Personal Awareness & Responsibility

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Personal Awareness & Responsibility

Personal Awareness and Responsibility involves understanding the connections between personal and social behaviour and well-being; it encourages people to make constructive and ethical decisions and act on them.

People who are personally aware and responsible demonstrate self-respect, persevere in difficult situations, and exercise responsibility. They understand that there are consequences for their decisions and actions. A personally aware and responsible individual takes steps to ensure their well-being, sets goals and monitors progress, regulates emotions and manages stress, and recognizes and advocates for their own rights.



Students who are personally aware and responsible have a sense of self-worth and a growing confidence in a variety of situations. They value themselves, their ideas, and their accomplishments. They are able to express their needs and seek help when needed, find purpose and motivation, act on decisions, and advocate for themselves.


Students who are personally aware and responsible take ownership of their choices and actions. They set goals, monitor progress, and understand their emotions, using that understanding to regulate actions and reactions. They are aware that learning involves patience and time. They can persevere in difficult situations, and to understand how their actions affect themselves and others.


Students who are personally aware and responsible recognize the factors that affect their holistic wellness and take increasing responsibility for caring for themselves. They keep themselves healthy and stay active, manage stress, and express a sense of personal well-being. They make choices that contribute to their safety in their communities, including their online communities and use of social media. They recognize their personal responsibility for their happiness and have strategies that help them find peace in challenging situations.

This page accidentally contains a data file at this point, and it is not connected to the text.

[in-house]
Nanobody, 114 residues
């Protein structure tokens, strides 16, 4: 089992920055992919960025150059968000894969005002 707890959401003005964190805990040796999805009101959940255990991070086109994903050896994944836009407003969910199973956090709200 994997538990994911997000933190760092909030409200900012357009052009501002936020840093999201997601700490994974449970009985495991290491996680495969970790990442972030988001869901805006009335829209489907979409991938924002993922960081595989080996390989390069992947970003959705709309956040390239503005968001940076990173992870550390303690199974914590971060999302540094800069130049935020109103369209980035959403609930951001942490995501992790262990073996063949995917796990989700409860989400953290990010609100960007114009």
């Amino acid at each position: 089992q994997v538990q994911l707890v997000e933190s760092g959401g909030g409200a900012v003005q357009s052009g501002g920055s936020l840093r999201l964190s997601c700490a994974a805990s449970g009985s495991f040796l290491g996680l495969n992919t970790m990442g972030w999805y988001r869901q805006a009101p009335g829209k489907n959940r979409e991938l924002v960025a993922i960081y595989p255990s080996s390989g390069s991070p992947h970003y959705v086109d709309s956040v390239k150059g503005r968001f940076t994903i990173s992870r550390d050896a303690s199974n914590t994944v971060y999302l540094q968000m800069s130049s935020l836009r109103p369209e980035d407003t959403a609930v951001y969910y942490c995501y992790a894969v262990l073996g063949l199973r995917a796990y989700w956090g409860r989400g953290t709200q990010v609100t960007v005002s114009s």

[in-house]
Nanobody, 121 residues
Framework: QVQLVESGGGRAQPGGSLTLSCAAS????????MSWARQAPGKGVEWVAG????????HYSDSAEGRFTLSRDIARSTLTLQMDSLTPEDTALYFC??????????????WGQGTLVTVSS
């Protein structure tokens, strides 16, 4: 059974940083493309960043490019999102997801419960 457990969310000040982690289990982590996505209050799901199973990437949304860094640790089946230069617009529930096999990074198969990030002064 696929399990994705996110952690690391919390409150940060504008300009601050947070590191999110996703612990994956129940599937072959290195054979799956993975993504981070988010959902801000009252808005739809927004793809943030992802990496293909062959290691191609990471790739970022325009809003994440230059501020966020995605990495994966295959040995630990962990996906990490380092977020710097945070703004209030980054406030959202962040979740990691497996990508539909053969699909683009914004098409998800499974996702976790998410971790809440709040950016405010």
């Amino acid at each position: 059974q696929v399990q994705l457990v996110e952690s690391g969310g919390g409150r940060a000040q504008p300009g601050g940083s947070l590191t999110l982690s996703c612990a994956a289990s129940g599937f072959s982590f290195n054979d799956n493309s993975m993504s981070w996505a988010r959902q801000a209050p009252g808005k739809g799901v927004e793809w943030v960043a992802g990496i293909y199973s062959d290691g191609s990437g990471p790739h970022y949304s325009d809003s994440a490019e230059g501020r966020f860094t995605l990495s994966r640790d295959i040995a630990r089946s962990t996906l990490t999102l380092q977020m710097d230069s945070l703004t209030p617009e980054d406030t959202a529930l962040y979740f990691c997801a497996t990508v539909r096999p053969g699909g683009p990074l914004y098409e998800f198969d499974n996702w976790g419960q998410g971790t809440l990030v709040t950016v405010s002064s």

Description of Illustration:

The student is being assessed to determine possible access locations (example:  hand, head) for him to operate a switch to determine if he understands cause and effect (i.e. he understands that he controls the toy’s operation through the switch).  Assessments will determine which switch type and access point is best to ease the student’s physical participation.  This then promotes communication (such as:  using a switch to participate in reading) and participation in daily activities such as using the switch to operate a blender in Foods class, or operating a switch adapted guitar during Music class, or operating a switch adapted drum for “drum roll” at assemblies.  Advanced switch operation may ultimately allow for independent operation of a power wheelchair.

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When the Speech Language Pathologist and Physiotherapist were asked about Kashton’s engagement and response, they said:

“It is amazing to witness firsthand how a child’s world can open, when he or she is provided with the right physical set-up, equipment, and motivating tools to foster engagement and participation.  To help create a situation that brings such joy to a child is truly a unique experience.  His laughter was contagious; we shared his joy!  All of our kids have things to tell us and to teach us.  Our job is to find ways to support that.”

SD60 – Learning Services, Lisa Boda (PT) & Stephanie Soderquist-Loney (SLP)

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